One of the dining spots reviewed within the Boston's Hidden Restaurants site is Ittyo, a Japanese noodle house within the The Sears Building in Cambridge's Porter Square neighborhood (and just in case you were wondering, the building is also known as University Hall and Porter Exchange, with the food area being known as both The Shops at Porter and Japantown). And while Ittyo is indeed a terrific place, there is a slightly different type of noodle house a couple of spots down from Ittyo that is quite a bit more popular, though still a bit of a hidden gem (as most, if not all of the Asian dining spots in the building are). So why is Sapporo Ramen one of the few places in The Sears Building that often has lines? well, it could have something to do with the fact that ramen noodles are particularly hot these days, but it could also be the fact that this tiny eatery, which used to get mixed reviews not too long ago, has really upped the quality of their dishes, making it a great option for delicious--and cheap--meals.
Much like Ittyo and most of the other restaurants in the little "restaurant row" within The Sears Building, Sapporo Ramen has zero atmosphere, with a handful of tables squeezed into their shoebox-sized dining area. Indeed, this probably is not a place to go to on a romantic date or for an important business lunch, or if you're hard of hearing, for that matter, since diners at neighboring tables are literally within inches of each other, especially in the middle area of the space. The ordering system depends in part on how busy the place is; if there is a line, one of the workers may ask folks in line what they would like to order, while during quiet times, customers can order either at the counter area behind the tables or with one of the servers once they are seated.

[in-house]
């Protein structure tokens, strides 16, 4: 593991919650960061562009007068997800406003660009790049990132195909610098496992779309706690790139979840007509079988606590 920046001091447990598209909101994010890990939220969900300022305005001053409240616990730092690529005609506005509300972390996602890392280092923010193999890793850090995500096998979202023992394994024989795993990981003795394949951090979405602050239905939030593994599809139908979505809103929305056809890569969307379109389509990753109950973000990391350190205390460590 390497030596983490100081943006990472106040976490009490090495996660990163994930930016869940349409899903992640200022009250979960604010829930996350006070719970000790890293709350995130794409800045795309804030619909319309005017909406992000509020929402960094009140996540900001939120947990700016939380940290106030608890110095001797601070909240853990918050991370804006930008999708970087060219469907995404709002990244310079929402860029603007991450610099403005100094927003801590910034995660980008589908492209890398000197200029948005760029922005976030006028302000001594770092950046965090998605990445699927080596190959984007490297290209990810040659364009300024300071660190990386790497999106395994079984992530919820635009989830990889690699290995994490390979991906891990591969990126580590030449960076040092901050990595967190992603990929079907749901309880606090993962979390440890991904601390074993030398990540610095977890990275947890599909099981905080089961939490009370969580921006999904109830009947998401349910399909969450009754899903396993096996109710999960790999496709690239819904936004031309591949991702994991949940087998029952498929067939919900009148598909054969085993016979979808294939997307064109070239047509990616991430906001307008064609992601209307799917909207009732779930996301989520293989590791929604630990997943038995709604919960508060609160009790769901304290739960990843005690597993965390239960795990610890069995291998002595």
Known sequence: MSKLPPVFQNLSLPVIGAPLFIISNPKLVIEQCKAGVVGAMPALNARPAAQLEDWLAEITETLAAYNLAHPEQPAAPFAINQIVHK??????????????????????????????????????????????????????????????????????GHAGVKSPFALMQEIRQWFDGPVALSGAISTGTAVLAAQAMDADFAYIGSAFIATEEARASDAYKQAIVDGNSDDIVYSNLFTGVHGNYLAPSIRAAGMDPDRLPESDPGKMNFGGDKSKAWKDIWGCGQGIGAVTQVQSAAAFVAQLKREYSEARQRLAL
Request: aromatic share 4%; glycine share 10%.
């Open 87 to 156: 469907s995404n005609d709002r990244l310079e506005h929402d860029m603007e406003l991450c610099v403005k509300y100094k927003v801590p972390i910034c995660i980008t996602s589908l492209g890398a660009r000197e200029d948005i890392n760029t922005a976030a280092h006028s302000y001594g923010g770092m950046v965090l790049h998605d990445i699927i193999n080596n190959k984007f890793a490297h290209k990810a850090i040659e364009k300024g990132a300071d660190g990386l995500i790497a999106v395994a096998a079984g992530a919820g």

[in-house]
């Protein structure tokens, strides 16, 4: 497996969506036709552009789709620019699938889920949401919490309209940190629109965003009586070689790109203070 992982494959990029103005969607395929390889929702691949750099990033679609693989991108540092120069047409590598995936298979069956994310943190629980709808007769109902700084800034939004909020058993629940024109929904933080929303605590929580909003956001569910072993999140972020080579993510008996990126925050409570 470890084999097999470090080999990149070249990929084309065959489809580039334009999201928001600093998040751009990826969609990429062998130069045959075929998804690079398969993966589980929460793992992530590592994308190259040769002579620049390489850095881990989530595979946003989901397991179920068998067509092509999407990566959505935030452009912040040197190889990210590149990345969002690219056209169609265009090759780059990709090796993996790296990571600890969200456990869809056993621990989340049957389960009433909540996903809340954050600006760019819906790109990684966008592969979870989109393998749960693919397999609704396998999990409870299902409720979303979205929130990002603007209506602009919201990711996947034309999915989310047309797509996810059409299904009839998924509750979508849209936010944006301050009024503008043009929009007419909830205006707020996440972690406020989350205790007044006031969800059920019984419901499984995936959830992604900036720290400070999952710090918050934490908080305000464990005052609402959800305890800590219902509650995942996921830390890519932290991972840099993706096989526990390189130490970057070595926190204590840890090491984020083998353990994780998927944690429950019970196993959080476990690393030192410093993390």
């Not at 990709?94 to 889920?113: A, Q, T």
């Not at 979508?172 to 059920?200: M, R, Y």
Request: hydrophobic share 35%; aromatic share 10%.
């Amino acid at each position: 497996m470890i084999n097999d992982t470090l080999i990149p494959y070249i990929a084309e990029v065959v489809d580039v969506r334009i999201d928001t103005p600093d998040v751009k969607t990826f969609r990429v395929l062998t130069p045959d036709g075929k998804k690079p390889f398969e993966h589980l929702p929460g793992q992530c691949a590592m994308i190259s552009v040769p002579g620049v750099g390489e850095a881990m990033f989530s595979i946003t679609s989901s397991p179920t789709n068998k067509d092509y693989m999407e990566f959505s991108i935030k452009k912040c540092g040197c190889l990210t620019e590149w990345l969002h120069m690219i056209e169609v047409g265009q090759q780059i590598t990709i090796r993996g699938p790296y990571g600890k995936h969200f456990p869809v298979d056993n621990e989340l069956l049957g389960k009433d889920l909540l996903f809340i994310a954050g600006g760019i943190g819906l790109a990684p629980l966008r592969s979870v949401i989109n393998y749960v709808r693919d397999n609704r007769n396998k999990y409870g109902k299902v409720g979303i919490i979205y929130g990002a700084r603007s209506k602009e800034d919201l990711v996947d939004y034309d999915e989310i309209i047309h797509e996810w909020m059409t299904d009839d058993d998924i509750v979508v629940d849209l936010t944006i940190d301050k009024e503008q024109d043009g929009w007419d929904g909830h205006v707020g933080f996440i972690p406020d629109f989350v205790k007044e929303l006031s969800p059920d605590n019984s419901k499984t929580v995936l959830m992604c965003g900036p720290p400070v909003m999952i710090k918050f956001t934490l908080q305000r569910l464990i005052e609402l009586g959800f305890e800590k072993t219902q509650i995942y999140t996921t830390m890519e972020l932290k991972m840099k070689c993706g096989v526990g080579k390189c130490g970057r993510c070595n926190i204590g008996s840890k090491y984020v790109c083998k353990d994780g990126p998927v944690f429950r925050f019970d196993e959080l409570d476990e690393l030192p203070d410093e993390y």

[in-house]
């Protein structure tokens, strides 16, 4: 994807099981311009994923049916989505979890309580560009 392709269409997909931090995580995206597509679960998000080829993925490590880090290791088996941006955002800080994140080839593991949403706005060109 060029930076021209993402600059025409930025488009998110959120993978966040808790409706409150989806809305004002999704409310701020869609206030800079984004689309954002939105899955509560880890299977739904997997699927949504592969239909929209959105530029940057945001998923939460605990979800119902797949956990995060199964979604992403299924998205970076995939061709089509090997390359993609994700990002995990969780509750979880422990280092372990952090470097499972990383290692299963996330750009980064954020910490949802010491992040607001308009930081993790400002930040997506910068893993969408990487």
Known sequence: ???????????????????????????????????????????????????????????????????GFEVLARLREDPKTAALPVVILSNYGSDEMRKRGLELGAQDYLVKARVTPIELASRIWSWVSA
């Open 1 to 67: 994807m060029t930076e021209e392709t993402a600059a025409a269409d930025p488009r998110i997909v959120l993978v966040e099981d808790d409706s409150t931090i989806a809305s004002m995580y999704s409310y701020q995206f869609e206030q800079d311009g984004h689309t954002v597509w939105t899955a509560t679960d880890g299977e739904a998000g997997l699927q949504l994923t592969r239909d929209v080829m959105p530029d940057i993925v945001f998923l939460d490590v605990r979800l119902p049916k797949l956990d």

As you might expect, Sapporo Ramen focuses mainly on ramen noodles, which are basically wheat noodles that, in the case of this restaurant, are served in a soup with broth, meat, vegetables, soy sauce, miso, etc. The meat-based broth is cooked at very high heat with pork bones in it for about 10 hours, extracting the collagen from the bones, which gives the broth a very rich and creamy flavor. (A vegetable broth is also offered in their vegetarian ramen soup.) It is hard to choose from the array of ramen soups at Sapporo Ramen, but one of the most popular--and possibly the best--is the spicy miso ramen, which features spicy ground pork in a sweet-tasting miso ramen broth that also has a bit of heat. Another impressive option is the hot and sour ramen, which is a bit like a large version of the hot and sour soup you might get at a Chinese restaurant, but with ramen noodles added and slightly less heat than some of its Chinese counterparts. A rather interesting choice is the "tantan men," which has the same spicy ground pork that comes with the spicy miso soup, but instead of the sweet miso broth, this one has a nutty and slightly sour taste that comes from sesame. For heat lovers, the kim chi ramen is a good option, while lovers of Indian or Thai food might wish to opt for the curry ramen. Other choices include a basic house ramen, a stir-fried vegetables option, a soy sauce ramen soup, and cold noodles in peanut sauce. Appetizers and sides can also be ordered at Sapporo Ramen, with the slightly charred pork gyoza being a wonderful dish, and the shumai, deep-fried chicken, and pork cutlets (katsu) being available, along with a few rice dishes (curry rice, crab omelet over rice, house rice).
Sapporo Ramen may not quite match up to the best ramen houses in New York City, but it really is an excellent place to go to if you need a good ramen fix. The atmosphere isn't much to talk about, and service can range from friendly to harried, but none of this really matters much to those who constantly crave the delicious noodles and outstanding broth that this place offers. [Ed note: Another location of Sapporo Ramen can also be found within the H Mart in Central Square.]
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